The future of healthcare: a vision for digital, data and technology in health and care (DHSC)

The future of healthcare: a vision for digital, data and technology in health and care (DHSC)

In October 2018, the Government published a policy paper The future of healthcare: our vision for digital, data and technology in health and care; this set out the Government’s ambitions for the use of technology, digital and data within health and care. This new approach includes setting clear standards for the use of technology in health and care.

The main announcements within the policy paper were:

  • The introduction of a ‘healthtech regulatory sandbox’ to work in cooperation with the Information Commissioner’s Office (ICO), the National Data Guardian (NDG), National Institute for Health and Care Excellence (NICE) and other regulators. The objective of the ‘healthtech regulatory sandbox’ is to allow private organisations to test, iterate and de-risk innovations under the regulators’ supervision;
  • NHS Digital has published a new draft NHS digital, data and technology standards framework setting out their latest thinking on the use of data, interoperability, design and IT commercial standards within the NHS;
  • Infrastructure is a key priority – the ambition is to put in place a framework that will allow interoperability of patient records so that the patients will not have to repeat their medical history. Records will be shared between hospitals, GPs, community pharmacies and care providers; and
  • The Healthtech Advisory Board, chaired by Ben Goldacre, will report to Matt Hancock and will include technology experts, clinicians and academics. The Advisory Board will be an ideas hub for how the NHS is transformed to improve patient outcomes and patient experience, and to make the lives of NHS staff easier.

Further information on the contents of the document is set out within the sections below:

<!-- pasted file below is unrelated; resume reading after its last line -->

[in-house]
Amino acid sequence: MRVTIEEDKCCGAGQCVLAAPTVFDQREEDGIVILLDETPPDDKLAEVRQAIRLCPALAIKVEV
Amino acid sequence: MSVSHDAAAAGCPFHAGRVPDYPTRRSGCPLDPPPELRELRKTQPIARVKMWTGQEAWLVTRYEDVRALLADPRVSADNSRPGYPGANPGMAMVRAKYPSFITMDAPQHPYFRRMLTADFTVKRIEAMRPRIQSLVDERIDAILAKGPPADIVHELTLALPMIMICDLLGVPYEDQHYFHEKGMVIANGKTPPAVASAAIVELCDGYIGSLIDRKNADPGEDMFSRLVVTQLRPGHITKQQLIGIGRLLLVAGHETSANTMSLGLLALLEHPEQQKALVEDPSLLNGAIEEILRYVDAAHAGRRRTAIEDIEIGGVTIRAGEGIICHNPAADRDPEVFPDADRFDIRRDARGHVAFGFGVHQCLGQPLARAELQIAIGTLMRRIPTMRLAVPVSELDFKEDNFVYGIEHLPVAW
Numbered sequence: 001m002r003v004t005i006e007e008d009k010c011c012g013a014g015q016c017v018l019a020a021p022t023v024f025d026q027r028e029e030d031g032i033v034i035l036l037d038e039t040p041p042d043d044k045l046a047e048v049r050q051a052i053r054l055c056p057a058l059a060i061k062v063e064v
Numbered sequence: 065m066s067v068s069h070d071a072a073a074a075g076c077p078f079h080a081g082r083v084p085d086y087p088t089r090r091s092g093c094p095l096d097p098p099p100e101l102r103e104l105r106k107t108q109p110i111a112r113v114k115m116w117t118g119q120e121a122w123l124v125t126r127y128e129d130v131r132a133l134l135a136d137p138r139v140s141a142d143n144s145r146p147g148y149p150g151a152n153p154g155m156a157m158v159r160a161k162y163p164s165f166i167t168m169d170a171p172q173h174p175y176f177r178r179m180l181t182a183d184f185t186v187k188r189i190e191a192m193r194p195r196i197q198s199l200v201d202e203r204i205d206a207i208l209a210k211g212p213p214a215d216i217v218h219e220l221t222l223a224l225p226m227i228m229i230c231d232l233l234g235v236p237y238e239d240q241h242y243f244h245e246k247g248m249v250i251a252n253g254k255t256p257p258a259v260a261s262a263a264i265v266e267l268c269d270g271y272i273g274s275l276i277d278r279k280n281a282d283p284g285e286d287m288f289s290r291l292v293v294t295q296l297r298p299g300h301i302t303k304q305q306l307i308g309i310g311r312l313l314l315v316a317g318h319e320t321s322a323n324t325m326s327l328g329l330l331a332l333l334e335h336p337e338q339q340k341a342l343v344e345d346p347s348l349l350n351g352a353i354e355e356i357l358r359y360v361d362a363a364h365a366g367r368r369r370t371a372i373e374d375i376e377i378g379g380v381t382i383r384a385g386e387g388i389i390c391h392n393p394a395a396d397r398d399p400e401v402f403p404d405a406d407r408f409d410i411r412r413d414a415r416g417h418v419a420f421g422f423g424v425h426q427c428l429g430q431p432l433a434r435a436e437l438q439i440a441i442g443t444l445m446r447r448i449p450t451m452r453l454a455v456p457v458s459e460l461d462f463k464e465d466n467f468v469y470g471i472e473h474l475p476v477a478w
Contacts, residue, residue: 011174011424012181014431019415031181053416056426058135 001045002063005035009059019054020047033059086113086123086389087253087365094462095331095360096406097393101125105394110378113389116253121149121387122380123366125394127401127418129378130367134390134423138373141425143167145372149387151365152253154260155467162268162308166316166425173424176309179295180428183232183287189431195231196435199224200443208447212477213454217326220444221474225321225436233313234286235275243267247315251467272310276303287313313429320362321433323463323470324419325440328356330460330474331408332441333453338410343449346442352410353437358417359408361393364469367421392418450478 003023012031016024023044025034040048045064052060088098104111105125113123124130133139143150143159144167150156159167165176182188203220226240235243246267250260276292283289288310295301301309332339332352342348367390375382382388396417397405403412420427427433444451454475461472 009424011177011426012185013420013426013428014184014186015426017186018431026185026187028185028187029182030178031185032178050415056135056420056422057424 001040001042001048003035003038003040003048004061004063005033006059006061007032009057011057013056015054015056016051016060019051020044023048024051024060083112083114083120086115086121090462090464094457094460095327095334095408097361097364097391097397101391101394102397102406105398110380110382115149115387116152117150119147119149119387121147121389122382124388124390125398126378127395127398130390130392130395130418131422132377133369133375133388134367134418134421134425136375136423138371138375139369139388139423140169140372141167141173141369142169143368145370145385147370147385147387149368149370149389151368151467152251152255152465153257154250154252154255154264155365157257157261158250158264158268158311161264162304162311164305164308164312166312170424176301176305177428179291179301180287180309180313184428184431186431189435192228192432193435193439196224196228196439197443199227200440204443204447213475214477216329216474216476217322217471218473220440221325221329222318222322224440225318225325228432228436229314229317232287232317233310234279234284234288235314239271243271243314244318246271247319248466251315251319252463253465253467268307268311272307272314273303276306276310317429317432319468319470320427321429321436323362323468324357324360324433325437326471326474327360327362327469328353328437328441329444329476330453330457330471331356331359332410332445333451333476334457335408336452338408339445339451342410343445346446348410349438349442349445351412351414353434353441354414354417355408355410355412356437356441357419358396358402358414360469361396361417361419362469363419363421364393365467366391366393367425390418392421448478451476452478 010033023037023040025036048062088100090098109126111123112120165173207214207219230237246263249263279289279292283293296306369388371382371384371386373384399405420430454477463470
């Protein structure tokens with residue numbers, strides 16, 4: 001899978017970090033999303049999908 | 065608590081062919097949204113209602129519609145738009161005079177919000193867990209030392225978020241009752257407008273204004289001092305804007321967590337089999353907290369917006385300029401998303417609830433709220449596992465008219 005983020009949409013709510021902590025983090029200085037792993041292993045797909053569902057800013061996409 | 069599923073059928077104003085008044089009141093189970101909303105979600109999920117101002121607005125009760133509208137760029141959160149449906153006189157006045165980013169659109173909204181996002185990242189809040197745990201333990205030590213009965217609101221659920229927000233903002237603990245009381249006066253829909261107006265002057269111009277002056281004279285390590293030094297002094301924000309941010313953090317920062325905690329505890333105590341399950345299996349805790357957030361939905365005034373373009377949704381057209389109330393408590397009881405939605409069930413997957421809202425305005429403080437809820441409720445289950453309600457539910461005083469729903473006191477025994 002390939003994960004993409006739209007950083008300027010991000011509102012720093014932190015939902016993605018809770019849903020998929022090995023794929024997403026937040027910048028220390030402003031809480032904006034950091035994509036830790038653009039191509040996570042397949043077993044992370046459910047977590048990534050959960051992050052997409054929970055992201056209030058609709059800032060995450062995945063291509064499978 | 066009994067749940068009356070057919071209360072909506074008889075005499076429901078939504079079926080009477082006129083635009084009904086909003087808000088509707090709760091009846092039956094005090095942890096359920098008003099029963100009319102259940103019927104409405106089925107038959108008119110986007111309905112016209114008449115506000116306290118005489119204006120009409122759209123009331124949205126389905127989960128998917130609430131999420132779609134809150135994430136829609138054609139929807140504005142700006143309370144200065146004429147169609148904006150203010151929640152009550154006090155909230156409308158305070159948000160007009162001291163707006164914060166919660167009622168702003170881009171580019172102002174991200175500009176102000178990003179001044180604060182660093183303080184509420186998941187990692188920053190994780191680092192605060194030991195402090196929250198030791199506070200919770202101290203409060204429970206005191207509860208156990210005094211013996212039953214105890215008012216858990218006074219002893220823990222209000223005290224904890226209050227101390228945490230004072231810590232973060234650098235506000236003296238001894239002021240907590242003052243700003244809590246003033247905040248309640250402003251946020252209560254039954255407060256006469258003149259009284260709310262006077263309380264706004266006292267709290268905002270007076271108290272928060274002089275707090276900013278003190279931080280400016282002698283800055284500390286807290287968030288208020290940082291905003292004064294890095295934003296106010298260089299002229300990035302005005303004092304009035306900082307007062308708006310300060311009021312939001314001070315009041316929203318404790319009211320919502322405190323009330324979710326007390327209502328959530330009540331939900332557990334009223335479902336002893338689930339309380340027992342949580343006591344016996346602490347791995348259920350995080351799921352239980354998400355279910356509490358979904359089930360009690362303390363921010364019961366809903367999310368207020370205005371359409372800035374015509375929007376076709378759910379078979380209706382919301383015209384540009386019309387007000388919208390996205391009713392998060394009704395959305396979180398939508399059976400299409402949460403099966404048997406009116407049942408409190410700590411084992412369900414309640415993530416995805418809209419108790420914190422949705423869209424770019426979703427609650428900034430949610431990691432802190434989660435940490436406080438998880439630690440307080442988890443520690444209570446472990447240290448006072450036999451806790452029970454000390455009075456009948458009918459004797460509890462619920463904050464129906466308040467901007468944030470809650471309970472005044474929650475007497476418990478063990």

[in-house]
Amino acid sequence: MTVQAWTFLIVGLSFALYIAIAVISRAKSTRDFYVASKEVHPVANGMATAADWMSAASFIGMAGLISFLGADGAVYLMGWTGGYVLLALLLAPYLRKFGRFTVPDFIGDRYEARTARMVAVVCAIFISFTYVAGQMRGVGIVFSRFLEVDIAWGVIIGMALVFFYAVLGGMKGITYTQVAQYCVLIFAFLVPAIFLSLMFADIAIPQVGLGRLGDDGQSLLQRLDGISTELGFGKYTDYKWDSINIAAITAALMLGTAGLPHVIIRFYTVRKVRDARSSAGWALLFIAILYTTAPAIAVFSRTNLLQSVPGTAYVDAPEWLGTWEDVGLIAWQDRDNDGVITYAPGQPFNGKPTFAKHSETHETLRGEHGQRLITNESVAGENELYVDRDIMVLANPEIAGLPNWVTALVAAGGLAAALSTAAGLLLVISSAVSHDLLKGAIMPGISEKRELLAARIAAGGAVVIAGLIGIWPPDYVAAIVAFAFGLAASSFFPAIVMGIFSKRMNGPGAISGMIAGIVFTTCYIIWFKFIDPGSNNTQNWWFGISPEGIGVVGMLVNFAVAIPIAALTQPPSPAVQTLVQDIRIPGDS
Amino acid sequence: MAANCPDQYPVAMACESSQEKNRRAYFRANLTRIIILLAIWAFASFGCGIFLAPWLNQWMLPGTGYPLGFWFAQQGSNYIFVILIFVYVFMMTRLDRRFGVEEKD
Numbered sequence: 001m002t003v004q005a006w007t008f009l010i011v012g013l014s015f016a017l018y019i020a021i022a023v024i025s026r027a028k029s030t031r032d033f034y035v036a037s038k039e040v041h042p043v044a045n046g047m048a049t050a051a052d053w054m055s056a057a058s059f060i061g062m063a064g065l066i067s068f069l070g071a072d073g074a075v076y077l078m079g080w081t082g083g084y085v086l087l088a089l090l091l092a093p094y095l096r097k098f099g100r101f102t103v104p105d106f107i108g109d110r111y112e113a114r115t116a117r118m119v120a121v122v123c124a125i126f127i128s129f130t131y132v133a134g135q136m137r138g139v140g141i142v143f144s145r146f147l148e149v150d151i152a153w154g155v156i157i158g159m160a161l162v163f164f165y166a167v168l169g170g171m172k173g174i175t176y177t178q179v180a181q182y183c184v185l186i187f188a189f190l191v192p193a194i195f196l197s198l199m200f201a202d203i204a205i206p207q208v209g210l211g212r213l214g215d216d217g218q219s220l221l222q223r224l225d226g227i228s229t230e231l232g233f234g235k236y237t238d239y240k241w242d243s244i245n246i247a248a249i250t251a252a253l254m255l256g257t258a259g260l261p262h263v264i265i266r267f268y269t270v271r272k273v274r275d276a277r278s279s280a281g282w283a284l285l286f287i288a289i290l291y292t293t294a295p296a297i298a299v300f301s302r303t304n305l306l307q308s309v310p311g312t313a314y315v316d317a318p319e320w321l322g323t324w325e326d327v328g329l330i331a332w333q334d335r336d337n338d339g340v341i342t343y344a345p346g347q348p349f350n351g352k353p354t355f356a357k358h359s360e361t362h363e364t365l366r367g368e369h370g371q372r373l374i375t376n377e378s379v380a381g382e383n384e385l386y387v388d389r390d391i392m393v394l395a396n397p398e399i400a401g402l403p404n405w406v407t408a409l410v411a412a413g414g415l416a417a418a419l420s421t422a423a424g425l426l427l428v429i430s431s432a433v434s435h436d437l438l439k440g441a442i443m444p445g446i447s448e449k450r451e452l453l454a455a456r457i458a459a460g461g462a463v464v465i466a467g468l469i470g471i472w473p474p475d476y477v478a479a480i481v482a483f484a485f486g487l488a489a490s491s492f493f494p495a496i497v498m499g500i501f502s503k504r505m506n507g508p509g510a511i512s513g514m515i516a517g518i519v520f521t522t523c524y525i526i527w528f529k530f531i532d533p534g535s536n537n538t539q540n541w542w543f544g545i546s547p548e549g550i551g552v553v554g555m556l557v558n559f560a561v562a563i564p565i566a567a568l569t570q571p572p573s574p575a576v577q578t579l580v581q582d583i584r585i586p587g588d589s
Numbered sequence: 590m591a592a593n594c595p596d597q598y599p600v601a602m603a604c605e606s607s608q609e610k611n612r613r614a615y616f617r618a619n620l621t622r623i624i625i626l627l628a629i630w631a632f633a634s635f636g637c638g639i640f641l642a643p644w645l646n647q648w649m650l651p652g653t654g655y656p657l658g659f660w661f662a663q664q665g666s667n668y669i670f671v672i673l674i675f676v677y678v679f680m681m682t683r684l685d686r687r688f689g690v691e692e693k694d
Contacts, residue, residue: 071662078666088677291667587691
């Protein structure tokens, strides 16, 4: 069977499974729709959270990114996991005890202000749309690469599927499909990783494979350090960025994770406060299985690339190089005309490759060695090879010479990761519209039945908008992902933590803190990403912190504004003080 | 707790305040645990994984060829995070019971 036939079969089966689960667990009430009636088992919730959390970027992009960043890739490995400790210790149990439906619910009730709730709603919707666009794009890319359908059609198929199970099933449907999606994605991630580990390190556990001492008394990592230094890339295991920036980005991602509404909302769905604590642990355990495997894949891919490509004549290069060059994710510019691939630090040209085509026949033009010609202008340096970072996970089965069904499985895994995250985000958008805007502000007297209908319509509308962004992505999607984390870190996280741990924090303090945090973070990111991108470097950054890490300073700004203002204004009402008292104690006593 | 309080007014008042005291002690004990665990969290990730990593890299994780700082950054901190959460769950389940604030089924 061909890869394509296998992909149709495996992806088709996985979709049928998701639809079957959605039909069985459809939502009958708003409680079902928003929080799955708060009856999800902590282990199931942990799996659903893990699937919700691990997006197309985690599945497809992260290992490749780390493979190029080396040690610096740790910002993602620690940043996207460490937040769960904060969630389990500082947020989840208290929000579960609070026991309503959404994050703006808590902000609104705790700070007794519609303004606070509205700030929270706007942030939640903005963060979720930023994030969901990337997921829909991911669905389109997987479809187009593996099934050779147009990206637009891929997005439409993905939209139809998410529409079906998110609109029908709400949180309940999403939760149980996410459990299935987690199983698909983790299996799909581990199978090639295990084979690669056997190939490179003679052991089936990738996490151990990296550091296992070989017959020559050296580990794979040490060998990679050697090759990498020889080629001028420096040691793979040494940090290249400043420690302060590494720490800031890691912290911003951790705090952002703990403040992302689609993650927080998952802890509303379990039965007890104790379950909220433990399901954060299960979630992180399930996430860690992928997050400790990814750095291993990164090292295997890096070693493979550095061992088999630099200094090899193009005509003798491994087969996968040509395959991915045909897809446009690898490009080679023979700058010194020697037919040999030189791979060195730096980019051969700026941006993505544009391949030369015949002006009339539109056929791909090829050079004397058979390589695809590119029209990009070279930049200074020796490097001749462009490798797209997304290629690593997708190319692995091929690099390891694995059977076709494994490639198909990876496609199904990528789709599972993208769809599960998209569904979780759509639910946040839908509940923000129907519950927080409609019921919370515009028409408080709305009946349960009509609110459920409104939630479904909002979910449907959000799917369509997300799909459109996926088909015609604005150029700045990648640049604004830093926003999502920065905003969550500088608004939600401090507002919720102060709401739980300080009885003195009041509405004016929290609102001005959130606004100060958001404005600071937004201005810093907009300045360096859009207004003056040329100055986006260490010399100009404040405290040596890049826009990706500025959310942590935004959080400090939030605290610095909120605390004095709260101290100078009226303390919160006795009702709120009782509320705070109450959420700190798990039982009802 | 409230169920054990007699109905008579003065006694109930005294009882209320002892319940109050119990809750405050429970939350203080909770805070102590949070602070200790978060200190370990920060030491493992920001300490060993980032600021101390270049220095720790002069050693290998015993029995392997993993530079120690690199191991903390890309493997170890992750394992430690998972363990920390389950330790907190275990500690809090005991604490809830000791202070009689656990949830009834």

Guiding principles

The document contains the following guiding principles:

  • User need: every service must be designed around user needs, whether the needs of the public, clinicians or other staff;
  • Privacy and security: the digital architecture of the health and care system must be underpinned by clear and commonly understood data and cyber security standards, mandated across the NHS, to ensure that they are secure by default and that the penalties for data breaches are effective in protecting patients’ privacy;
  • Interoperability and openness: the data and technology standards must be open so that anyone can see them and anyone writing codes for use in the NHS knows what the standards are before they start. Adhering and agreeing to clinical data standards will give much better and more granular detail with which to fight disease and prevent and treat illness; and
  • Inclusion: health and care services are for everyone. There is a need to design for, and with, people with different physical, mental health, social, cultural and learning needs, and for people with low digital literacy or those less able to access technology.

Architectural principles

The document contains the following architectural principles:

  • Put our tools in modern browsers: making all digital services available in the browser;